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COP26: Omar Di Felice, towards Glasgow on two wheels to save the planet

TOWARDS GLASGOW, OCTOBER 25 – On the two wheels of a Wilier Triestina Rave SLR, Omar Di Felice is currently traveling to Glasgow: a long crossing with strong symbolic as well as sporty value, 2000 km and 8 days of pedaling to reach the Scottish city where on November 1st the climate conference COP26 will begin, marking perhaps the last chance in world history to reverse global warming.

Today’s ride is Canterbury to Leicester, 265 miles in total, with a stopover in London to talk with a special guest. The “ultracyclist of the cold” left Milan on October 23rd: his solo race through Switzerland, Germany, Luxembourg, Belgium, France and the United Kingdom touches some symbolic places for the climate crisis, such as the receding glaciers of Ticino or Freiburg: “An exemplary city for management and energy efficiency, with specific no-vehicle areas and an urban environment that seems to be the extension of the natural context in which it stands, the Black Forest”, he explains. Crossing the French border, other significant sightings include nuclear power plants and the European Parliament: “A month ago the European Commission published a document on energy efficiency in which the bicycle was included as an effective tool to reduce energy consumption across the Union”.

Supporting Omar’s on his social media profiles are scientists, technicians and climatologists – among them Elisa Palazzi, Climate Physics and associate professor at the University of Turin, Potito Ruggiero, environmental activist and co-author of the book “We keep an eye on you. The sustainable future explained well”, and Matteo Dondè, an urban architect who for 20 years has been involved in cycling – that every day during the travel week are connecting live to address the central issues of what will be in Glasgow. Di Felice’s message is always the same: “With a bike you can go anywhere”, writes the cyclist on his Facebook page: “Because the bicycle is the most sustainable mean to move and, consequently, to buy more liveable urban space again, without vehicular traffic, and to reduce emissions from car fuels”.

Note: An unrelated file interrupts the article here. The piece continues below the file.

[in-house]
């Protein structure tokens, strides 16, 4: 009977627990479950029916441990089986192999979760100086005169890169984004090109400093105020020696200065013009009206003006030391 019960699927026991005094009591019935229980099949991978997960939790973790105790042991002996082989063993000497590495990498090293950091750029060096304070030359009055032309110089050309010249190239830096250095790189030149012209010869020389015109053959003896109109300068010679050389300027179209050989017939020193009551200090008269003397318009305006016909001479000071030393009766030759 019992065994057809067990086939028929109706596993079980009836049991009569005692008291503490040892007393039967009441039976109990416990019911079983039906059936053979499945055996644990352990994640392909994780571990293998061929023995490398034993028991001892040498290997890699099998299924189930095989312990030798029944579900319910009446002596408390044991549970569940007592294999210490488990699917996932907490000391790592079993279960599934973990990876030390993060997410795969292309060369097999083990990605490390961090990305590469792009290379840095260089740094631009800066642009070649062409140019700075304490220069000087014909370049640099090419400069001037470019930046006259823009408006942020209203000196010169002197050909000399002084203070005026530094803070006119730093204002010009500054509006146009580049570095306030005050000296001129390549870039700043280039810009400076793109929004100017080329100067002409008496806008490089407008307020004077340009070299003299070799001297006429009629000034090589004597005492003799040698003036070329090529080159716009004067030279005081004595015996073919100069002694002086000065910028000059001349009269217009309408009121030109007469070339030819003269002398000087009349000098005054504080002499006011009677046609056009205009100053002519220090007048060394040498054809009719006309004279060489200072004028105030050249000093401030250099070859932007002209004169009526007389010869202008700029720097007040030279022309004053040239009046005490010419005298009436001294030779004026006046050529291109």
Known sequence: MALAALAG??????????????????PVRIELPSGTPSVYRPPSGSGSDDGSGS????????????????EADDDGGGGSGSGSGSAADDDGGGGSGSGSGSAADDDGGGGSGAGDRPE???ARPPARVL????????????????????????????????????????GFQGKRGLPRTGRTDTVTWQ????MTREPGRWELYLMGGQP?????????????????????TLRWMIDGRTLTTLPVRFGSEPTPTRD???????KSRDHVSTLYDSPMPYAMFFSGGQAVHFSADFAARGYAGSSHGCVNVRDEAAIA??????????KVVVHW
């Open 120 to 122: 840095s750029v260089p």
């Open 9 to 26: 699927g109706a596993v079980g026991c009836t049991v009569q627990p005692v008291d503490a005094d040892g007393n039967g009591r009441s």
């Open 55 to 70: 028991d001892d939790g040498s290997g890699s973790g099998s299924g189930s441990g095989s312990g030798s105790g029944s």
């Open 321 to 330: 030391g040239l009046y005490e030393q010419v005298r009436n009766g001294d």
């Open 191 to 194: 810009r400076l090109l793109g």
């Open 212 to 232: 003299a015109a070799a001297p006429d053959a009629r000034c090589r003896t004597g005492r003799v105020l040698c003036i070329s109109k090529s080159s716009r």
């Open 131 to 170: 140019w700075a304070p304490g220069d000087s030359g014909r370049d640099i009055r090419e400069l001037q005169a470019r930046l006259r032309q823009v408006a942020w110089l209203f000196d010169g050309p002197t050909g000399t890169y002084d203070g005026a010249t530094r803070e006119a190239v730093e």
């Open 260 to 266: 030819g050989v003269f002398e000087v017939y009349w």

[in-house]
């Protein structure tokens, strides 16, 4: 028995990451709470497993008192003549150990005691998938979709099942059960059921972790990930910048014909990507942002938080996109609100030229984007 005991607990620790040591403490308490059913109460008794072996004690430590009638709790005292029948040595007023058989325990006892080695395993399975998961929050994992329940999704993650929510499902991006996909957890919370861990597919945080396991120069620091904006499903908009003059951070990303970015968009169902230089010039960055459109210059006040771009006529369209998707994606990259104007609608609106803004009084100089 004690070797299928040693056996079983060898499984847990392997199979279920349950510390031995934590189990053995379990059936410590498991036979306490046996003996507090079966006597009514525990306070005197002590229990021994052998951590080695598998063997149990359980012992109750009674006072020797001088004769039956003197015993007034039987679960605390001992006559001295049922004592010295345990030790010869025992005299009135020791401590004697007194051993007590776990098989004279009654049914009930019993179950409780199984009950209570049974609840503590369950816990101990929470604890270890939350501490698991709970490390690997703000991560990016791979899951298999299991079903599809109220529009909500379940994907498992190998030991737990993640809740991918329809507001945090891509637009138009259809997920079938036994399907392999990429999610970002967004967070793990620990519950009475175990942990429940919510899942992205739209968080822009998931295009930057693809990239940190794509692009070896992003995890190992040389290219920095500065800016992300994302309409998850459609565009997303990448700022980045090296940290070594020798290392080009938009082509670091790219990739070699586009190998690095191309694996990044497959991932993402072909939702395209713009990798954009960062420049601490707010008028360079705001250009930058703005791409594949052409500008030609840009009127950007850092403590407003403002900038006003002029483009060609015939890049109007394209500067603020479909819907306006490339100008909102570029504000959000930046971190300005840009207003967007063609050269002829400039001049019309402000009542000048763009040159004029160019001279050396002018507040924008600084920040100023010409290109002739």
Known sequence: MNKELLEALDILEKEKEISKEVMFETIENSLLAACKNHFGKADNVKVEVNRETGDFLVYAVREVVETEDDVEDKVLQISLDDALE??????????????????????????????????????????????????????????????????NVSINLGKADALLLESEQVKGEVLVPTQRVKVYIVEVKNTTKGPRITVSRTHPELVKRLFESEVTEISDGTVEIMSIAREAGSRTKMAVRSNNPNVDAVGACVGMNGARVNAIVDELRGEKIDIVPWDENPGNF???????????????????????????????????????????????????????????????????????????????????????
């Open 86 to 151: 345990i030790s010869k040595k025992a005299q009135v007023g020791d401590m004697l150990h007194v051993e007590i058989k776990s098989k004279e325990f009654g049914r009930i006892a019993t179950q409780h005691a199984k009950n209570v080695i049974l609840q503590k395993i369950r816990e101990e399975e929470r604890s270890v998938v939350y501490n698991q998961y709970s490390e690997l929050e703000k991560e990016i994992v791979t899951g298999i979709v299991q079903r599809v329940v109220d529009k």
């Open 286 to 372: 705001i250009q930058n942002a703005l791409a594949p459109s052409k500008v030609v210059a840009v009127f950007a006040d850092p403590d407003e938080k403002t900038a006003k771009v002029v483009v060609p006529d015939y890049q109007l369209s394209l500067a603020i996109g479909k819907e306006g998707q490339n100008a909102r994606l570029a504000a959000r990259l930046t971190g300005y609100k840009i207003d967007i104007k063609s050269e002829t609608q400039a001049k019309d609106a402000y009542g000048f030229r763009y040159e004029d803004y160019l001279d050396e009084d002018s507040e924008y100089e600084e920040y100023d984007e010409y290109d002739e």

The name chosen for the project is “Bike to 1.5 C”, the average rising threshold of the earth’s temperature that scientists deem the minimum necessary to reverse the course of climate change. The first stage, Altdorf, was reached through the Gotthard Pass: a 220 km and 3200 meters of altitude difference. “Did you know that global warming affects mountains more, where it proceeds at twice the global average rate? And that not only glaciers melt, but also snow decreases with many consequences even for those who live in the plains? Over the last decade, the retreat of glaciers around the world, from alpine areas to Antarctica, is often cited as a clear and unequivocal sign of the rise in temperatures, caused by human activities. In the Alps it is particularly serious and some glaciers could disappear in the coming decades” warns Omar on Facebook.

Omar Di Felice was borne in Rome 40 years ago. Impressed by Marco Pantani exploits in 1994, he started his bycicle carreer. After having raced among the competitive categories of traditional cycling, crowning his career with a year in the ranks of professionals, in 2012 he decided to move to ultracycling, excelling in several Italian and international competitions. In 2018, he crossed the Arctic Canada, pedaling for about 1300 km on the Arctic Highway after reaching North Cape and crossing Iceland duringWinter.

One of his latest feats, in February, was mountain biking on the Himalayan trails to reach the Everest base camp: 1300 km and 4 thousand metres of altitude difference with temperatures of -30 degrees. Omar also crossed the Gobi desert in Mongolia (he was later blocked in Ulan Baatar because of Covid), and arrived third at the Trans America Bike Race across the United States. He loves harsh temperatures and extreme conditions, which he likes to call the “Omar Zone” (which is also the title of his last book published by La Nave di Teseo). (@giorgiodelgallo)


Il giornale Italiano delle Nazioni Unite. Ha due redazioni, una a New York, l’altra a Roma.

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